But what I remember most about that week was dinner one night with Golfweek colleagues Asher Wildman and Ryan Lavner. Asher said we had to go to the Comet Cafe in Milwaukee. The Wild-man heard some good reviews, and when he told me Diners, Drive-ins and Dives host Guy Fieri filmed one of his Food Network shows there, I was definitely in. Triple D is one of my favorite shows, and I knew if Fieri deemed it worthwhile to feature the place, it had to be good.

I wasn’t disappointed. The Comet Cafe, which as it promotes “specializes in made-from-scratch comfort food," is a diner in every sense of the word - a few booths but primarily counter sitting.

I ordered the meatloaf sandwich, a concoction that I’m told takes more than 3 days to prepare. There’s a thick - and I do mean thick - slice of bacon-wrapped meatloaf. This is topped with a generous portion of mashed potatoes, grilled tomato, onion and more bacon. It’s served open-faced style on salted rye bread and smothered in beer gravy. It was one of the best meals I’ve ever had and way too much for me to finish. Best yet, was the price - $10.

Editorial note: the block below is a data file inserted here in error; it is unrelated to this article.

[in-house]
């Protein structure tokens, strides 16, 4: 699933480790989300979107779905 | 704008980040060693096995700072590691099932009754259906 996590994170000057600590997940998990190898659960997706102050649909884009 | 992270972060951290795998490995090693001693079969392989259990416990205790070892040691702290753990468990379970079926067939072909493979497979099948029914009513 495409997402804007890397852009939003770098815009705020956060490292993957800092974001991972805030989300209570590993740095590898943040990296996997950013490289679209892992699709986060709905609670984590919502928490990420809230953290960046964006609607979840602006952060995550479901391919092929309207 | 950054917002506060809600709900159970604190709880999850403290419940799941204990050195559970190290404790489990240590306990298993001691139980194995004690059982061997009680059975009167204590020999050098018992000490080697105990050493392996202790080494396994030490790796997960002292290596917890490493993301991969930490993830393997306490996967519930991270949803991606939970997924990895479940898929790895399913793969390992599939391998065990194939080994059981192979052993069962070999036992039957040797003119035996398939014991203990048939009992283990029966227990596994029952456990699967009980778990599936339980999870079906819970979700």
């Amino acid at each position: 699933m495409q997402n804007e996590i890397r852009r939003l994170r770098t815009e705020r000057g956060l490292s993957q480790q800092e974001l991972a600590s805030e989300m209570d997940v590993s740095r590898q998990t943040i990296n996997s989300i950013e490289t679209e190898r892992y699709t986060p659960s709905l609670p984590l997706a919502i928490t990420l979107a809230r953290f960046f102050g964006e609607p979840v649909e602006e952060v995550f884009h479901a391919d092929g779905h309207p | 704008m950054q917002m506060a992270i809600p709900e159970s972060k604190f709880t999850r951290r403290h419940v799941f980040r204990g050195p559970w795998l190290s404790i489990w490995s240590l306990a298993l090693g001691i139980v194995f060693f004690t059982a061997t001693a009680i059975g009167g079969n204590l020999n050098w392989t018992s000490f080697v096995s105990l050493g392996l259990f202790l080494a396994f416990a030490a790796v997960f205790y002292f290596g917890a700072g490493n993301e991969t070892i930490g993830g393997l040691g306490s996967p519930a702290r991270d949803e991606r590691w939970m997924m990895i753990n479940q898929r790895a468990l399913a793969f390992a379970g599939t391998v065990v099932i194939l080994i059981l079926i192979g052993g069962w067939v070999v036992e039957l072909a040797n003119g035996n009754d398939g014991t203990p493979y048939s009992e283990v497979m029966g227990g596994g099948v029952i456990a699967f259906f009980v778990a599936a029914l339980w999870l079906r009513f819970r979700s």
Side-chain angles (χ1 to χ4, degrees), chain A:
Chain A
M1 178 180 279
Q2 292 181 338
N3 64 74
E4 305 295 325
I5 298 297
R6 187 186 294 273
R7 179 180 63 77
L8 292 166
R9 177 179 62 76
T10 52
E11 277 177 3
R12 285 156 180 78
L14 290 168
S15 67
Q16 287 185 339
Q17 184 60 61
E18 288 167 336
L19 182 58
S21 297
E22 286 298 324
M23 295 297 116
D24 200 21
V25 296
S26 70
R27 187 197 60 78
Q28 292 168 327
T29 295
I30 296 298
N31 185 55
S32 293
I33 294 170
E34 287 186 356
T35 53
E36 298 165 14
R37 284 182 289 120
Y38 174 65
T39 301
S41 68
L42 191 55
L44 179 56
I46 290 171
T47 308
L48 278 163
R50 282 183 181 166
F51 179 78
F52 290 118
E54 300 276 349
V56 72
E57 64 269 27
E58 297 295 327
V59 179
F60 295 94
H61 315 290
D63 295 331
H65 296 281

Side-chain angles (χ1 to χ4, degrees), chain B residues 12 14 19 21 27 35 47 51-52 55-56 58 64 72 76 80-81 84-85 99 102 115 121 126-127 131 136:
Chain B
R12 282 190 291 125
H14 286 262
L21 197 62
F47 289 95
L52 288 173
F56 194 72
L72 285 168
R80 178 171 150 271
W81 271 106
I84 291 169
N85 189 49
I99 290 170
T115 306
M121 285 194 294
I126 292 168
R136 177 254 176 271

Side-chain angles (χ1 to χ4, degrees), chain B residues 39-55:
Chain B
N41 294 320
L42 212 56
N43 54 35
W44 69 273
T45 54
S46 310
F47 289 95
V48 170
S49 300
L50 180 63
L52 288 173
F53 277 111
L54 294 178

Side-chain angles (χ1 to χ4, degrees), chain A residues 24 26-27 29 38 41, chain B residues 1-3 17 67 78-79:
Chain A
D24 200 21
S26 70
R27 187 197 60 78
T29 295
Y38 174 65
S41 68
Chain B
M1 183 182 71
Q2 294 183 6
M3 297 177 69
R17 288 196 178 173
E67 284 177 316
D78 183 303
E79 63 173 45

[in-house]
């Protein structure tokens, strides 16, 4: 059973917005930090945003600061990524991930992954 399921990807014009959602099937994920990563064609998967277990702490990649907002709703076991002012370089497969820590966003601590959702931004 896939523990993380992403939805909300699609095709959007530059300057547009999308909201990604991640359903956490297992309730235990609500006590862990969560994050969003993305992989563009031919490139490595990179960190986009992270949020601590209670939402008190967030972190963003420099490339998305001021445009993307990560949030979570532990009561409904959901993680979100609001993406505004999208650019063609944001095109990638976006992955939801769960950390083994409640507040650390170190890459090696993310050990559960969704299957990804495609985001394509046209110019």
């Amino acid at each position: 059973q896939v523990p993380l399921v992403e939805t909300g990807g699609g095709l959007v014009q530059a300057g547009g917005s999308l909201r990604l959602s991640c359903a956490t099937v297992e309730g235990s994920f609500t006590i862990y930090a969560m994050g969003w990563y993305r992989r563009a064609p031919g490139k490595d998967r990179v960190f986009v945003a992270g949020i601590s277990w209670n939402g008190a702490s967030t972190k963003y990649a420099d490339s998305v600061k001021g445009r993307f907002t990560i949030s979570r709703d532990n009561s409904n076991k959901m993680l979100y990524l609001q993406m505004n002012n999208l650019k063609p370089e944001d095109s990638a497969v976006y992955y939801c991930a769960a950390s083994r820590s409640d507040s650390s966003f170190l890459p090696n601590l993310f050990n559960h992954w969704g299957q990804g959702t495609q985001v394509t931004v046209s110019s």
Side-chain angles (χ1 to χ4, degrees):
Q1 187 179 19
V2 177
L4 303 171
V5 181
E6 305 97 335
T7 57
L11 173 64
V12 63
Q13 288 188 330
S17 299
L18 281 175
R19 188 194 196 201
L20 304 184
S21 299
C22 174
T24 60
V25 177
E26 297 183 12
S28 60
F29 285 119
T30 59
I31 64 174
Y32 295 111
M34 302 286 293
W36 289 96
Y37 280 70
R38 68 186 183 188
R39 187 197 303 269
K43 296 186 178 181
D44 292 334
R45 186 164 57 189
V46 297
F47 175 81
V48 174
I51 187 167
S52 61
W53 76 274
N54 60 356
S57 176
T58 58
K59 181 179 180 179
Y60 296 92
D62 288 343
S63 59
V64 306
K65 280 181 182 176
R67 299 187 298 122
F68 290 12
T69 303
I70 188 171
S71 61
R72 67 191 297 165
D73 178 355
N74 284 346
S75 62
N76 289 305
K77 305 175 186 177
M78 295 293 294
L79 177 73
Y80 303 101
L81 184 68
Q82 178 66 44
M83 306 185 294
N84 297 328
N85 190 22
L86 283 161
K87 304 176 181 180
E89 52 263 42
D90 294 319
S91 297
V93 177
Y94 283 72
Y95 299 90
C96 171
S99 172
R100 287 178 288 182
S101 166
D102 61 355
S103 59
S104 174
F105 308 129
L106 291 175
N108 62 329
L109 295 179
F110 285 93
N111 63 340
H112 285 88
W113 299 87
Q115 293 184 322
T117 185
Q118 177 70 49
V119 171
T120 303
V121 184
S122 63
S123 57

Then to add to the memory, I got back home the Monday following the championship and that evening Diners, Drive-ins and Dives was showing on the Food Channel. There was Fieri and his first stop in the half-hour show? You guessed it: the Comet Cafe. And the first highlighted meal? The meatloaf sandwich. It was awesome!

• • •

photo

Randal Lewis

4. U.S. Mid-Amateur: A great championship for amateurs 25 years and older, it was made even better this year when Randal Lewis, a 54-year-old financial adviser from Alma, Mich., became the oldest champion in the 31-year history of the event. He defeated Kenny Cook of Noblesville, Ind., in the championship match at Shadow Hawk Golf Club in Richmond, Texas.